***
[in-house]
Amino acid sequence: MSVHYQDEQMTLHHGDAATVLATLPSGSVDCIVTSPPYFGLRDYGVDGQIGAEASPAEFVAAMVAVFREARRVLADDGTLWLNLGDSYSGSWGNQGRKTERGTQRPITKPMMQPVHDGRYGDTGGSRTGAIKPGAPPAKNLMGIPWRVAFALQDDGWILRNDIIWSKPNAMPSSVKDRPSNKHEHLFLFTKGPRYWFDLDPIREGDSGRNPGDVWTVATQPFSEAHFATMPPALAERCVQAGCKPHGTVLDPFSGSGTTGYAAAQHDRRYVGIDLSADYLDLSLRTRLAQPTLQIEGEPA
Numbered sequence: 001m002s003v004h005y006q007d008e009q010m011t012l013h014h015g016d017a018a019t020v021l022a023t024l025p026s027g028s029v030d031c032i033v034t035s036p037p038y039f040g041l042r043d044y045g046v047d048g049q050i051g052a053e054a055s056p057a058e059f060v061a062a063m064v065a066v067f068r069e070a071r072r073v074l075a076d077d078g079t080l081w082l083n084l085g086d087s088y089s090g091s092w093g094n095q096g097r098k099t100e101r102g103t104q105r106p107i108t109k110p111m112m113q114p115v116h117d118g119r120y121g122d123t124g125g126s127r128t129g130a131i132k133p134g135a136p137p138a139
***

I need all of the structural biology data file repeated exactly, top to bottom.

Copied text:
[in-house]
Amino acid sequence: MSVHYQDEQMTLHHGDAATVLATLPSGSVDCIVTSPPYFGLRDYGVDGQIGAEASPAEFVAAMVAVFREARRVLADDGTLWLNLGDSYSGSWGNQGRKTERGTQRPITKPMMQPVHDGRYGDTGGSRTGAIKPGAPPAKNLMGIPWRVAFALQDDGWILRNDIIWSKPNAMPSSVKDRPSNKHEHLFLFTKGPRYWFDLDPIREGDSGRNPGDVWTVATQPFSEAHFATMPPALAERCVQAGCKPHGTVLDPFSGSGTTGYAAAQHDRRYVGIDLSADYLDLSLRTRLAQPTLQIEGEPA
Numbered sequence: 001m002s003v004h005y006q007d008e009q010m011t012l013h014h015g016d017a018a019t020v021l022a023t024l025p026s027g028s029v030d031c032i033v034t035s036p037p038y039f040g041l042r043d044y045g046v047d048g049q050i051g052a053e054a055s056p057a058e059f060v061a062a063m064v065a066v067f068r069e070a071r072r073v074l075a076d077d078g079t080l081w082l083n084l085g086d087s088y089s090g091s092w093g094n095q096g097r098k099t100e101r102g103t104q105r106p107i108t109k110p111m112m113q114p115v116h117d118g119r120y121g122d123t124g125g126s127r128t129g130a131i132k133p134g135a136p137p138a139